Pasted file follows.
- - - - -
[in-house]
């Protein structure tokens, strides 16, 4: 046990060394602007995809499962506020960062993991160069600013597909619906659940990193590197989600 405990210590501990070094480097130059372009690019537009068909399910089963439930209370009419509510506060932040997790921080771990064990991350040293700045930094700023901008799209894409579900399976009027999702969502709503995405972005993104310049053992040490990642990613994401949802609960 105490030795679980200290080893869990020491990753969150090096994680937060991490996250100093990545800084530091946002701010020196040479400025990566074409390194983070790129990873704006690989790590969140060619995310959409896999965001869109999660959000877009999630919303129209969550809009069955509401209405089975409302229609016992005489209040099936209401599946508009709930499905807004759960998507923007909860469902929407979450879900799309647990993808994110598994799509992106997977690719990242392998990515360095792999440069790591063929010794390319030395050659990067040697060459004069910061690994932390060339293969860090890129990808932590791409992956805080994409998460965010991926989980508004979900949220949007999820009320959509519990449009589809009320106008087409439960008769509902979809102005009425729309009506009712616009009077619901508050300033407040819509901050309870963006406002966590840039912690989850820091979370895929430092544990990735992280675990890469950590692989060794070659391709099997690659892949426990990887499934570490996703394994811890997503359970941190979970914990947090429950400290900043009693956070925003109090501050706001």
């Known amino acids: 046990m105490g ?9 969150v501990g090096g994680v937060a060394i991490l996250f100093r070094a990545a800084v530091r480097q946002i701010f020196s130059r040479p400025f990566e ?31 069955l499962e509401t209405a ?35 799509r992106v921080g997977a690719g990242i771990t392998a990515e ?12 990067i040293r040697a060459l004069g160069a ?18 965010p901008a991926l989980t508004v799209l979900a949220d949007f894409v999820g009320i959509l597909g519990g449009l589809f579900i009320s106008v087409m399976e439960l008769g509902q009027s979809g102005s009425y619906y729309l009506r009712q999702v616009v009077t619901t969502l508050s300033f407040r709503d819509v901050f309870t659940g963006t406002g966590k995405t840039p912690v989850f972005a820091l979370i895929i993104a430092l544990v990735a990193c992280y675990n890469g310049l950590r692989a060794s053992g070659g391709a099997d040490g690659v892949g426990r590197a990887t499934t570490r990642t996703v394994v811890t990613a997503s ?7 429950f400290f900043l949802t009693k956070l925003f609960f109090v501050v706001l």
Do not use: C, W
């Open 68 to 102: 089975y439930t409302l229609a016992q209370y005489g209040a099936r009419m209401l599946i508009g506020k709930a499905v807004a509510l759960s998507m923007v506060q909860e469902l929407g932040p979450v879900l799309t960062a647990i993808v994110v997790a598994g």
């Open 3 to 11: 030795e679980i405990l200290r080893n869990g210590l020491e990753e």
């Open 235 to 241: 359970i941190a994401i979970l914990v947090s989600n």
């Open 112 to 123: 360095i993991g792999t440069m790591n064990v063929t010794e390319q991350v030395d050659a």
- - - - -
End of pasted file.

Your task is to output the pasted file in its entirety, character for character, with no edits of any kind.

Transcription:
[in-house]
């Protein structure tokens, strides 16, 4: 046990060394602007995809499962506020960062993991160069600013597909619906659940990193590197989600 405990210590501990070094480097130059372009690019537009068909399910089963439930209370009419509510506060932040997790921080771990064990991350040293700045930094700023901008799209894409579900399976009027999702969502709503995405972005993104310049053992040490990642990613994401949802609960 105490030795679980200290080893869990020491990753969150090096994680937060991490996250100093990545800084530091946002701010020196040479400025990566074409390194983070790129990873704006690989790590969140060619995310959409896999965001869109999660959000877009999630919303129209969550809009069955509401209405089975409302229609016992005489209040099936209401599946508009709930499905807004759960998507923007909860469902929407979450879900799309647990993808994110598994799509992106997977690719990242392998990515360095792999440069790591063929010794390319030395050659990067040697060459004069910061690994932390060339293969860090890129990808932590791409992956805080994409998460965010991926989980508004979900949220949007999820009320959509519990449009589809009320106008087409439960008769509902979809102005009425729309009506009712616009009077619901508050300033407040819509901050309870963006406002966590840039912690989850820091979370895929430092544990990735992280675990890469950590692989060794070659391709099997690659892949426990990887499934570490996703394994811890997503359970941190979970914990947090429950400290900043009693956070925003109090501050706001």
């Known amino acids: 046990m105490g ?9 969150v501990g090096g994680v937060a060394i991490l996250f100093r070094a990545a800084v530091r480097q946002i701010f020196s130059r040479p400025f990566e ?31 069955l499962e509401t209405a ?35 799509r992106v921080g997977a690719g990242i771990t392998a990515e ?12 990067i040293r040697a060459l004069g160069a ?18 965010p901008a991926l989980t508004v799209l979900a949220d949007f894409v999820g009320i959509l597909g519990g449009l589809f579900i009320s106008v087409m399976e439960l008769g509902q009027s979809g102005s009425y619906y729309l009506r009712q999702v616009v009077t619901t969502l508050s300033f407040r709503d819509v901050f309870t659940g963006t406002g966590k995405t840039p912690v989850f972005a820091l979370i895929i993104a430092l544990v990735a990193c992280y675990n890469g310049l950590r692989a060794s053992g070659g391709a099997d040490g690659v892949g426990r590197a990887t499934t570490r990642t996703v394994v811890t990613a997503s ?7 429950f400290f900043l949802t009693k956070l925003f609960f109090v501050v706001l």
Do not use: C, W
């Open 68 to 102: 089975y439930t409302l229609a016992q209370y005489g209040a099936r009419m209401l599946i508009g506020k709930a499905v807004a509510l759960s998507m923007v506060q909860e469902l929407g932040p979450v879900l799309t960062a647990i993808v994110v997790a598994g």
């Open 3 to 11: 030795e679980i405990l200290r080893n869990g210590l020491e990753e």
């Open 235 to 241: 359970i941190a994401i979970l914990v947090s989600n």
């Open 112 to 123: 360095i993991g792999t440069m790591n064990v063929t010794e390319q991350v030395d050659a």